Parenting Q & A

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By Gregory Ramey, PhD, child psychologist at Dayton Children's and Dayton Daily News columnist

Edition: March 25, 2007 | Topic: Archive

Question:

I'm wondering if my daughter may be autistic. She is 20 months old and doesn't seem to be developing as quickly as her siblings. Sometimes she seems like a totally normal child. However, at other times she behaves very inappropriately and just doesn't relate well to others or say many words.

Answer:

Autism is developmental disorder that exists from birth, and typically can be diagnosed at around your daughter's age. The key characteristics of autism for a toddler include a significant delay in language, unusual stereotypic behavior and significant problems with social interactions.

Early identification is key to effective treatment. Speak with your family doctor, and obtain a referral to a developmental pediatrician. A complete evaluation will typically involve administering a variety of developmental tests, observation of your child, and obtaining a complete medical history.

Please don't delay. Youngsters with developmental problems can be helped significantly by early intervention programs.

Question:

My 12-year-old son is starting to act like a preteen. He complains every night about his "early bedtime," arguing that his friends stay up later to watch TV, send instant messages or play video games.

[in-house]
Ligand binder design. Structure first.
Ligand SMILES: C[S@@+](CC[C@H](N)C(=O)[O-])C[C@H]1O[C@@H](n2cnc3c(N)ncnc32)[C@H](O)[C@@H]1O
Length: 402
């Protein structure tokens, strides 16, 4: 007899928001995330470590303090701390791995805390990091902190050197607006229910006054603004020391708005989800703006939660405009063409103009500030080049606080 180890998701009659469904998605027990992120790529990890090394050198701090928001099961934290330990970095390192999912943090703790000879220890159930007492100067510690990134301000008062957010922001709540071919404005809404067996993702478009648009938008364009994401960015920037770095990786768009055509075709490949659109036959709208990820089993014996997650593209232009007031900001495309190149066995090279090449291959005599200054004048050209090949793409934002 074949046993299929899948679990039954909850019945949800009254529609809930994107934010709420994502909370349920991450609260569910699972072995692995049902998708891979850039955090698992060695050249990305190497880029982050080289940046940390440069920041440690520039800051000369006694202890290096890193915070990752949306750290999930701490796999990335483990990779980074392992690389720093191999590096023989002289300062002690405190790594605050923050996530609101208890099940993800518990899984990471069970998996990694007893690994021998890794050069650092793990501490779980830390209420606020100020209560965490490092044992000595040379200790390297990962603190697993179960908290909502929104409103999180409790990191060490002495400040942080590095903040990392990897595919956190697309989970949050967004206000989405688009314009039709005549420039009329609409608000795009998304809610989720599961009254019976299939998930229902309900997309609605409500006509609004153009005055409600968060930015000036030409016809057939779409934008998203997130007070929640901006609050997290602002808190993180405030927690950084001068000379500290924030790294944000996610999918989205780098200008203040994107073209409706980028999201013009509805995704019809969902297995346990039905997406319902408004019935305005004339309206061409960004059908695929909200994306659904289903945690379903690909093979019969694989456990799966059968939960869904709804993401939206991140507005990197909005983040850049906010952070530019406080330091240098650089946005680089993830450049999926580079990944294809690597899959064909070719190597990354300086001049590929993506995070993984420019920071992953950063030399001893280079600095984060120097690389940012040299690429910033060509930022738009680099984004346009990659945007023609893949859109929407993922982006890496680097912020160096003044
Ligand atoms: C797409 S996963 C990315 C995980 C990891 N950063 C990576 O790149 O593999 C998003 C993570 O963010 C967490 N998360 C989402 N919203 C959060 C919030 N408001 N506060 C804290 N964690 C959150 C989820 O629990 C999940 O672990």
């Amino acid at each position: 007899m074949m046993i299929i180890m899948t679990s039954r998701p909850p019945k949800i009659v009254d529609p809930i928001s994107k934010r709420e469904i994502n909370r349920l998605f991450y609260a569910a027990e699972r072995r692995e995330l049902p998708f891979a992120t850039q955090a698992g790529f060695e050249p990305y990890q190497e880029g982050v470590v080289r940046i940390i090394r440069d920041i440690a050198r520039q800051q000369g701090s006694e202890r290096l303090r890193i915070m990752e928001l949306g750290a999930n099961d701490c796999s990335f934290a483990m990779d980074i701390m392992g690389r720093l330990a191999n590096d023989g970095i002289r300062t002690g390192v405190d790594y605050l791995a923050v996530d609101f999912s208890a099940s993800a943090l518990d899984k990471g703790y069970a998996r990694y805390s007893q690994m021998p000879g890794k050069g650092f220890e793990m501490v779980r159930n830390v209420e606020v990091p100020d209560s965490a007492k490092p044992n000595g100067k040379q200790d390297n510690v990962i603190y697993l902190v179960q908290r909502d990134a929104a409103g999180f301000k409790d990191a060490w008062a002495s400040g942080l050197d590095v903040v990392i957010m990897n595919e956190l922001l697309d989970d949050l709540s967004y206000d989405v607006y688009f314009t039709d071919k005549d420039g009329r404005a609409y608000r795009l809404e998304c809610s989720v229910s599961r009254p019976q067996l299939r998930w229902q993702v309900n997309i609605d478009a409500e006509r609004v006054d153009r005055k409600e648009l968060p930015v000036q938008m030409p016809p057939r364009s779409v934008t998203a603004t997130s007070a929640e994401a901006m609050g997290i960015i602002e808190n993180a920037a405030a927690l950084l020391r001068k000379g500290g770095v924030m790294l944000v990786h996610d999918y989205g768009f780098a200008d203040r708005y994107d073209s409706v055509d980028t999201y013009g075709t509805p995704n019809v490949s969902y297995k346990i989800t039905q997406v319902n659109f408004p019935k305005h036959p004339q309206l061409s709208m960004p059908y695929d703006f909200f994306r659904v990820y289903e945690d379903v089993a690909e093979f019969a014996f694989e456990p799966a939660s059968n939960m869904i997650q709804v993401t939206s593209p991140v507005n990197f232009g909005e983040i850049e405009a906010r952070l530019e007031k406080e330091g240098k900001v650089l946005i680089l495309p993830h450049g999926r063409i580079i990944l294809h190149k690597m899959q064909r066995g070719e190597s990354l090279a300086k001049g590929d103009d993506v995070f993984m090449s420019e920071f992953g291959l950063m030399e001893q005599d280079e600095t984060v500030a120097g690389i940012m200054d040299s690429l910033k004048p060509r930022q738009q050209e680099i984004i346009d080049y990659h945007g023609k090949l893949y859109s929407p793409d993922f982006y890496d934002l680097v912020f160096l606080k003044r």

We think he needs about 10 hours of sleep per night, and see a dramatic change in his behavior when he doesn't get that much rest. We want to be respectful of his age and give him more choices, but are unsure if he is mature enough to make the right decision. Any suggestions?

Answer:

Many teenagers go through high school sleep deprived, with significant impact on their physical health and psychological well-being. Ten hours of sleep a night seems about right for a child his age, particularly since you do notice a change if he gets less.

Don't compromise on this issue. However, rather than letting this be the beginning of numerous tension points between you, educate your son on why he needs so much sleep. Have him research various internet articles from sleep disorder programs that point out the effects of a lack of sleep.

There's lots of other areas in his life where your preteen can exert appropriate decision making, but choosing less sleep is not an area for discussion or compromise.

Question:

I'm considering adopting a 6-year-old girl but I have many concerns. She came from a very neglectful and abusive environment and has been in a treatment home for two years. Our family is very committed to providing a good home for this child, but I wonder if a 6-year-old ever recovers from such an early history of severe trauma. Do these kids ever go on to lead a normal life?

Answer:

Early childhood trauma does not necessarily result in a troubled life of chronic behavior and emotional problems. Professional treatment combined with a caring, loving, and structured home can have a big impact on the lives of these children. Even so, recognize that the adoption of a child with such a history does place her statistically at a greater risk for a number of problems.

Do your homework. Find out as much as you can about this child's early history. Talk with the professionals who have treated this child over the past few years. The best indication of how well this youngster will do in the future is what progress she has made in the treatment home.


Dr. Ramey Gregory Ramey, PhD, is a child psychologist and vice president for outpatient services at The Children's Medical Center of Dayton. For more of his columns, visit www.childrensdayton.org/ramey and join Dr. Ramey on facebook at http://www.facebook.com/drgregramey

©2010 The Children's Medical Center of Dayton. Columns may be reproduced with the permission of Dayton Children's.


 

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